What to do when your AngularJS application goes end of life


19 November 2020

Software Development

Knowledge Base



As is the case with all technology eventually, AngularJS has now become legacy. The most recent version, currently on long term support is v1.8.x. Due to COVID-19, long term support has been extended an additional 6 months until December 31, 2021. This gives businesses running custom software that uses AngularJS a little over a year until the framework becomes end of life.

Why does this matter?

We've previously outlined the risks of running end of life software. To summarise the key risks include:

  • Security threats,
  • Poor performance,
  • Outdated skills base,
  • Incompatibility.

What options are available?

The first and most obvious option is to upgrade from AngularJS to Angular. There is a detailed guide on how to do this available on the Angular website. Some applications will be easier to upgrade than others. There are ways to help along the way. It is possible to prepare and align your AngularJS application with Angular before beginning the upgrade process.

We won't go into the nitty gritty of migrating an AngularJS application to Angular. As a software development company specialising in Angular, the tactics used generally depend on the individual circumstances. The key takeaway is that while migrating from AngularJS to Angular can be a complicated process, upgrading from Angular 9 to Angular 10 for example is far more straightforward. During this migration it's worth taking stock of your application. Is it still aligned to your business processes? Does it have performance issues? Is the user experience as good as it could be? It's a great opportunity to continuously modernise and keep your software ahead of the market.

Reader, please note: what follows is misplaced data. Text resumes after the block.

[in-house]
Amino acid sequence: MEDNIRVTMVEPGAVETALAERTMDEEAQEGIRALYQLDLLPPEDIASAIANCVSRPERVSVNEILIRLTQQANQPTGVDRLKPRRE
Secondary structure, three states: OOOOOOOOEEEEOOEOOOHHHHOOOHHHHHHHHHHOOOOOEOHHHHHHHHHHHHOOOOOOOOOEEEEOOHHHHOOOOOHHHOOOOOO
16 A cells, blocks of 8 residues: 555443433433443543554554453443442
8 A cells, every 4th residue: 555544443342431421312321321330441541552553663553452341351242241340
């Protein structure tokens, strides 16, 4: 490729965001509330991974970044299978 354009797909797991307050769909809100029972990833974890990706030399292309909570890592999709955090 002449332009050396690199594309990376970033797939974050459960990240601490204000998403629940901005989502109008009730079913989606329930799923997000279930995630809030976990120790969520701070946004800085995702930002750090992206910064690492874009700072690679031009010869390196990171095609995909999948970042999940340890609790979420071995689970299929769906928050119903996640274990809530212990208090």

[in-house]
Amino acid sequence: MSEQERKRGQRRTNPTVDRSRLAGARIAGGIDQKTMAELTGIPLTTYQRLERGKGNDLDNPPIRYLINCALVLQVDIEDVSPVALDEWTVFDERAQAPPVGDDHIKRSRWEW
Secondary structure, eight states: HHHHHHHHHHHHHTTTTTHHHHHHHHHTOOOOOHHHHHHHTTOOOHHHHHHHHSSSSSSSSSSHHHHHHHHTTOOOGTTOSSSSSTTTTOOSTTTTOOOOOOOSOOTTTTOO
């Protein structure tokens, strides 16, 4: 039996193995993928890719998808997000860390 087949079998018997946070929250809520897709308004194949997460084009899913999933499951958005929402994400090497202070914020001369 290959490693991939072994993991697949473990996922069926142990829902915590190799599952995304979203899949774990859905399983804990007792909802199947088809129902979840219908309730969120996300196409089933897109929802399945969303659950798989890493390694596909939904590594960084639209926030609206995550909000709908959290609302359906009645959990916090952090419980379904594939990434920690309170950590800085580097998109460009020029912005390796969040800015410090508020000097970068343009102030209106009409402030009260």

If you are giving thought to moving to a new front end framework, we recommend looking into React.js. It was voted the most loved web framework in Stack Overflow’s yearly developer survey for 2019. Popularity is a pretty good indication that a framework will continue to be supported and that enough developers/development companies will have the necessary expertise.

So, if you do have an application built with AngularJS and it's due to become end of life, don't panic. There are options available to ensure you avoid the risks of running end of life software. If you want to discuss a migration path for your application, then don't hesitate to get in contact.

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